Tag: free exercise

Richard Epstein looks at a recent Supreme Court ruling that could have major implications for when and how religious institutions can access public money.

SCOTUS: No Free Exercise of Religion Allowed in Washington State

 

shutterstock_171501734There was a lot of noise this week about how the Supreme Court of the United States struck down a Texas law that imposed regulations on abortion clinics, but there was little notice of a more important ruling. In Stormans v. Weisman, the Supreme Court declined (5 – 3) to hear a petition on a Ninth Circuit case out of Washington State that affirmed a state law requiring all pharmacies to stock and dispense the “Plan B” pill, which can act either as an emergency contraceptive or an abortifacient.

The Stormans own Ralph’s Thriftway, a grocery store/pharmacy with two locations a couple of miles apart in Olympia, Washington. Despite the Ralph’s employees’ willingness to refer customers to any of the 30 other nearby pharmacies that stock the drug, Washington State is determined that traditionalist Christians must not be allowed to run a pharmacy that does not stock the pill. That is unfortunate, because the Washington State law is a clear violation of the Stormans’ First Amendment right to the free exercise of their religion. Writing for the dissenters (and joined by Chief Justice Roberts and Justice Thomas), Justice Samuel Alito writes:

This case is an ominous sign. At issue are Washington State regulations that are likely to make a pharmacist unemployable if he or she objects on religious grounds to dispensing certain prescrip- tion medications. There are strong reasons to doubt whether the regulations were adopted for—or that they actually serve—any legitimate purpose. And there is much evidence that the impetus for the adoption of the regulations was hostility to pharmacists whose religious beliefs regarding abortion and contraception are out of step with prevailing opinion in the State. Yet the Ninth Circuit held that the regulations do not violate the First Amendment, and this Court does not deem the case wor- thy of our time. If this is a sign of how religious liberty claims will be treated in the years ahead, those who value religious freedom have cause for great concern.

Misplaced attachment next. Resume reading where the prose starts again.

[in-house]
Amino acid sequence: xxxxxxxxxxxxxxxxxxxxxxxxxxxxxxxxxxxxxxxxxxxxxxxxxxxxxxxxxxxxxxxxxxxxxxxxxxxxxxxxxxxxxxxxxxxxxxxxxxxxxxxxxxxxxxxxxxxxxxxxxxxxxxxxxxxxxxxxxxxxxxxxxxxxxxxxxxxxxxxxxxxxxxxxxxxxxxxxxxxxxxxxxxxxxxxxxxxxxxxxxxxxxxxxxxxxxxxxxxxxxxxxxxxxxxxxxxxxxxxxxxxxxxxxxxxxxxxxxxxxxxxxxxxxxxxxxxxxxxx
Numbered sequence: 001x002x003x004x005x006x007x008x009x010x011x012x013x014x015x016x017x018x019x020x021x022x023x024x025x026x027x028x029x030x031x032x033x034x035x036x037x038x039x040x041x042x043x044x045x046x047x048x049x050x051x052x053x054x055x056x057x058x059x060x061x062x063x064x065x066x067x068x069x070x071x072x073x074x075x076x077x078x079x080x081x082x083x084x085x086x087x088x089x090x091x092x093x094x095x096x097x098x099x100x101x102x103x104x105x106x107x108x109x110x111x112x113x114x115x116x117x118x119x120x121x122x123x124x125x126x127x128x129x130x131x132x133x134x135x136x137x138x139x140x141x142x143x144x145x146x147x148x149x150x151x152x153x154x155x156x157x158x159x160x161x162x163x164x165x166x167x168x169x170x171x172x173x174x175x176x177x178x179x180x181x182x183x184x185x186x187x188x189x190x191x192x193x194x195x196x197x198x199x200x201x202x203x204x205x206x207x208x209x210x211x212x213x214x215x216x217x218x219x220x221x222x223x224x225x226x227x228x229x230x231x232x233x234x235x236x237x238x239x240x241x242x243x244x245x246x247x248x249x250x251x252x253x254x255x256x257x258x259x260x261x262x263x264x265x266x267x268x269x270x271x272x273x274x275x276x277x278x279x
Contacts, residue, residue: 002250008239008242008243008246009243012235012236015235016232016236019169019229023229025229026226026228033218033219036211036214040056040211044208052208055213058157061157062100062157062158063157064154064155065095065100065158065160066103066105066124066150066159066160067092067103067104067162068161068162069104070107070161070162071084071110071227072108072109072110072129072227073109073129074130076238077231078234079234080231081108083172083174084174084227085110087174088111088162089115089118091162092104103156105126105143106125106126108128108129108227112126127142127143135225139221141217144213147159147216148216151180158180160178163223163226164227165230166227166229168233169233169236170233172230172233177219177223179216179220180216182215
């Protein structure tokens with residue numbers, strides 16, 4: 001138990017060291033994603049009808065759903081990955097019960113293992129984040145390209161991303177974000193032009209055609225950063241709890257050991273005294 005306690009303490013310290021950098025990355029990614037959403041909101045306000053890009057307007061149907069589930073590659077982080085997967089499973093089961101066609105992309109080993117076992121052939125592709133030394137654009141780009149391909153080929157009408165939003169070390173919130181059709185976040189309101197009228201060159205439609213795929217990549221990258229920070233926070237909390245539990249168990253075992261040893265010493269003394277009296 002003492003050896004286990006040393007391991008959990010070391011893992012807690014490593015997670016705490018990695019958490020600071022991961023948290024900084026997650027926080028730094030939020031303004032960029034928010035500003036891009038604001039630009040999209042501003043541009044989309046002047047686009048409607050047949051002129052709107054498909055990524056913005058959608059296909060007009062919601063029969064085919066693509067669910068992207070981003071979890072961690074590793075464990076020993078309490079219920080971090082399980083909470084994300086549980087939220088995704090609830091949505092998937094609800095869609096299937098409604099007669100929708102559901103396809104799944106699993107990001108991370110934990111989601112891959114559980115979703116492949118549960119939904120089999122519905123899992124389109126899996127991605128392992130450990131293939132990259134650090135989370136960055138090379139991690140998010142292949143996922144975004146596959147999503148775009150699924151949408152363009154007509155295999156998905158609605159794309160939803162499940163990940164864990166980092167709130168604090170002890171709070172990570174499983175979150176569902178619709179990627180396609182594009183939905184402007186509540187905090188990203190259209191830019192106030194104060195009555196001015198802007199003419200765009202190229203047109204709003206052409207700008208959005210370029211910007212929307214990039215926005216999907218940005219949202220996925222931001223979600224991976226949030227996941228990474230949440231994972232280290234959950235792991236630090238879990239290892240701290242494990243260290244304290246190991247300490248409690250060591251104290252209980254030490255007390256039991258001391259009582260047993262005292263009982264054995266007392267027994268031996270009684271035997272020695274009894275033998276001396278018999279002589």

Member Post

 

Sweet Cakes by Melissa was a bakery in Gresham, Oregon.  They became famous because they declined to provide the wedding cake for a lesbian wedding.  The bakery was punished severely for this.  Nearly two years after the shop was closed, a very large fine was recently pronounced by the State of Oregon.  I am posting […]

Join Ricochet!

This is a members-only post on Ricochet's Member Feed. Want to read it? Join Ricochet’s community of conservatives and be part of the conversation. Get your first month free.

Do Owners of a Corporation Waive Their Free Exercise Right? Hobby Lobby and the Right — and Duty — of Conscience

 

The United States Government suggests that, by adopting the corporate form, the Green family — owners of Hobby Lobby — waived their rights of conscience. The Government betrays a deep misunderstanding of its subject.

Conscience insists on rights, which our Constitution affords. Those rights are not guaranteed for any low purpose, to do merely as we please. Conscience connects us with the divine as each finds it. And through that connection, it imposes duties. What is commonly called the “right” of conscience, then, is merely the space to discharge those duties. Because those duties are undeniable, the corresponding rights are unalienable. As James Madison said in his Memorial and Remonstrance Against Religious Assessments, the right of conscience “is unalienable…because what is here a right towards men, is a duty towards the Creator.”